In 2013 I have started a collaboration with CD PROJEKT RED. The first published project was the concept and sculpture of Geralt fighting a Moonwraith. The small sketch below has been created with the Collectors Edition in mind, but finally has been published with another project of mine that you might also know - Geralt fighting the Griffin. Months of work went into this project. From the first concept sketch to the large scale statue that has been produced in an edition of 33, which have been sent all over the globe. To this day, the first cast sits at the Lobby of CDPR at their Warsaw Headquarters.

I would like to give you some insight on the creation of this sculpture. All work, starting from the concept model through casting in polystone, handpainting of the casts to organizing the global shipment took around a year.

The first step was creating a series of concept models that explored the narration of the piece. At this stage it was essential to make decisions regarding the scene, to set the volumes, shapes, dynamic direction and proportions of the whole composition. In short: Finding the idea which would then be realized in large scale. The Witcher is entangled with the Moonwraith back to back as they were in some sort of deadly dance, waiting to deal the first strike.

The next step was to translate the small scale concept sketch into a large model made of clay. I did not want to achieve a very smooth look, but to add a lot of character and texture to the sculpture. Most attention was added to certain focal areas while others remained rough. Clay is an excellent material to convey both a strong individual character as well as fine detail.

I am usually doing this type of sculptures on a specially designed, rotary table to reach every element easily and evaluate it from every side constantly.

I have realized this commission for CD PROJEKT RED with my fellow sculptors and friends Adam Świerżewski i Artur Wochniak.

As mentioned earlier, some elements of the sculpture has been executed precisely while others have remained rough. The general tone was ment to be rather rough and I think that this is a quality and much in the spirit of this project and these characters. However, the armour had to be precise. Others like the Skin, the hair and the fabrics worked better with a rougher finish. The goal was not to create a technically perfect, smooth piece but an expressive sculpture that would convey the wild nature of it´s characters.

The next step was to create a cast made of plaster of paris. This was a physically demanding job and it took us a long time. At this stage we have also tweaked certain elements of the armour. The process of casting in gypsum is a very technical one: The statue itself is hollow and reinforced with an inner construction.

Below is the final look of the gypsum cast, the Witcher in all his glory. The Sword and the Scythe were made of wood.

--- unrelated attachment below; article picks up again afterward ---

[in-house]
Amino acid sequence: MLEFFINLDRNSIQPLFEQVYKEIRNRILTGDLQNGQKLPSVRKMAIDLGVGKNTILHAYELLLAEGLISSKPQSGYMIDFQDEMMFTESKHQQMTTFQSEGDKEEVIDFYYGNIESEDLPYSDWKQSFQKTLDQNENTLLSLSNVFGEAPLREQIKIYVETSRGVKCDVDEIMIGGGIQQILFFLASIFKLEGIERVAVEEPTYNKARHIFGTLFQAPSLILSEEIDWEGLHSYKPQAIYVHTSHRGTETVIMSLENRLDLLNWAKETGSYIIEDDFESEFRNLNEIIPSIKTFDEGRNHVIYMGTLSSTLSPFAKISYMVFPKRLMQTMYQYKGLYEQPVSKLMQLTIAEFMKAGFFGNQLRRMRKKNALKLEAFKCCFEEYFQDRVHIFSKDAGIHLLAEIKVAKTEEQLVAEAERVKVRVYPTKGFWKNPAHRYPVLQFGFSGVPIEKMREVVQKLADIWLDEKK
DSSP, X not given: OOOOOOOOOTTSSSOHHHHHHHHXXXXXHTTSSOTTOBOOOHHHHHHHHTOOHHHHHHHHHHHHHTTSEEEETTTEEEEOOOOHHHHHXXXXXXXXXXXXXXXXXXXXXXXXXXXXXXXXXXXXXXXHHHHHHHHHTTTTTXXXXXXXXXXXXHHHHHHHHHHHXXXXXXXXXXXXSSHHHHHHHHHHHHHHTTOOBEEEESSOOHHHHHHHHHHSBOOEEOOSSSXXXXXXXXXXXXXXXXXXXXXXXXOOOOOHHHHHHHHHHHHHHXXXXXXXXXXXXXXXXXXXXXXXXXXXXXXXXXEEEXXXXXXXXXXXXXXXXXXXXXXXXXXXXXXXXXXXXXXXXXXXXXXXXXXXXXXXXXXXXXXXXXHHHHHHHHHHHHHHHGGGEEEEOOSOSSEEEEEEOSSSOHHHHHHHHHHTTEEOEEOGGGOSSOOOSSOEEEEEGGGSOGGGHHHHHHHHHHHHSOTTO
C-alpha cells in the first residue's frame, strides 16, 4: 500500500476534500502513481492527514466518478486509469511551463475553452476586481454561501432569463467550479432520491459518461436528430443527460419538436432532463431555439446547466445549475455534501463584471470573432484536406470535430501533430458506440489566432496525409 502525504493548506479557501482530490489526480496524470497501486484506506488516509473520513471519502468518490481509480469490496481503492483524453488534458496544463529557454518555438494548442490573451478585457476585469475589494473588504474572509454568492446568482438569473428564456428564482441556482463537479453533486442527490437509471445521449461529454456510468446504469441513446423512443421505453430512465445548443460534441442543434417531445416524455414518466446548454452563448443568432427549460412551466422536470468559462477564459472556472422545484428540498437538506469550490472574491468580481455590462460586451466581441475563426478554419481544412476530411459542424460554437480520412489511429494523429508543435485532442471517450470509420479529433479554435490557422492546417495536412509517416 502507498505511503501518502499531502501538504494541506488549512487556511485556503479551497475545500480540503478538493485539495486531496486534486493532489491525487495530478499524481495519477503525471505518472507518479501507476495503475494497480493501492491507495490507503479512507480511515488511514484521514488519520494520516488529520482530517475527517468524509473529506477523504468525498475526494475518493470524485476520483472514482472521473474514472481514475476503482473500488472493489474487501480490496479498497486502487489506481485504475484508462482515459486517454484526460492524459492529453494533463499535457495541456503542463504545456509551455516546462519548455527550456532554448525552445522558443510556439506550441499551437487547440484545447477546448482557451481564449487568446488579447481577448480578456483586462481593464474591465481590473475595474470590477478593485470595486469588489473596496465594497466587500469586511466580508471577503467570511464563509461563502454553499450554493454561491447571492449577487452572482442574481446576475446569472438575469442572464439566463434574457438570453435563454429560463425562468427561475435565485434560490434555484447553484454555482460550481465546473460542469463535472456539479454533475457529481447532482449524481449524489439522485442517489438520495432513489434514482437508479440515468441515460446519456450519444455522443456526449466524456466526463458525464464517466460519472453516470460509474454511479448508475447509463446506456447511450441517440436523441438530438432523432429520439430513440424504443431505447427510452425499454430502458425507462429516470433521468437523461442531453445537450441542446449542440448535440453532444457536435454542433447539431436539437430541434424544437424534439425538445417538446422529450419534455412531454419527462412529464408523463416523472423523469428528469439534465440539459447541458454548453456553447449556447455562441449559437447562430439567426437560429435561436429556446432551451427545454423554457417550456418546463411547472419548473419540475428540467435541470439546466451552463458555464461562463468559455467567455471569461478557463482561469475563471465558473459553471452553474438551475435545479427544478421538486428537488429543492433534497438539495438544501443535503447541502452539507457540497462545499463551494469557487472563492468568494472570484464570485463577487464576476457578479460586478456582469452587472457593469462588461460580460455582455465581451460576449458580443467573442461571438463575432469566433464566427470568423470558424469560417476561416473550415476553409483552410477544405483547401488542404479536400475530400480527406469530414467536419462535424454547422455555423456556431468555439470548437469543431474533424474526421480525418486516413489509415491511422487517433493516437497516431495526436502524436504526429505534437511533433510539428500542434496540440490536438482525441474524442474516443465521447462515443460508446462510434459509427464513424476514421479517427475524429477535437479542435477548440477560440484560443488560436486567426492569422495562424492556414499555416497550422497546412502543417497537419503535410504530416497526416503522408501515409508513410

In order to create 33 identical pieces we had to create a multi part silicone mold. Thanks to meticulous planning, we could stop worrying about any mishaps down the road. The whole sculpture was divided into 30 elements, resulting in as many silicone molds. Casting makes it easy to produce a large amount of copies in a relatively short period of time. The whole team has worked hard on this: Artur Wochniak, Aleksandra Jusefów, Michał Furmaniak and also me.

Once the casts were made it was time to paint the sculpture. This stage was supervised by my Friend Adam Świerżewski and executed by Iwona Górecka, who did an amazing job painting all statues.

Here you can see the paint pattern for the paintjob of the Witcher Statue. Special thanks to Mrs. Iwona, amazing job!

This is what the final look of the Witcher Statue was. 32 Statues were sent out all over the globe. There was so much work to be done that I did not have time to take proper pictures. What will be next, you might ask? We will see!

Each of the Statues received their authentic Witcher III - Wild Hunt Sign.

Our studio got crowded with Geralts really fast. The painting was executed by 6 people under supervision of Mrs. Iwona

That is her, an amazing artist!

Some selected shots of the Statue. In order to finish the commission on time, we had to come up with simple, yet effective painting techniques that would allow us to paint 33 similar versions in a comparatively short period of time. Thanks to these techniques it´s hard to tell a difference between them. If we were asked to complete a single Statue we would have utilized more sophisticated painting techniques, surely having resulted in an even more imposing final look. I am certain that those, who saw the statue in real life won´t feel underwhelmed in the slightest. All in all this whole project was one big adventure and source of valuable experience.

Looking back on this project now I feel grateful for the passion and heart that my whole team has put into this, especially:

Artur Wochniak

Adam Świerzewski

Iwona Murawska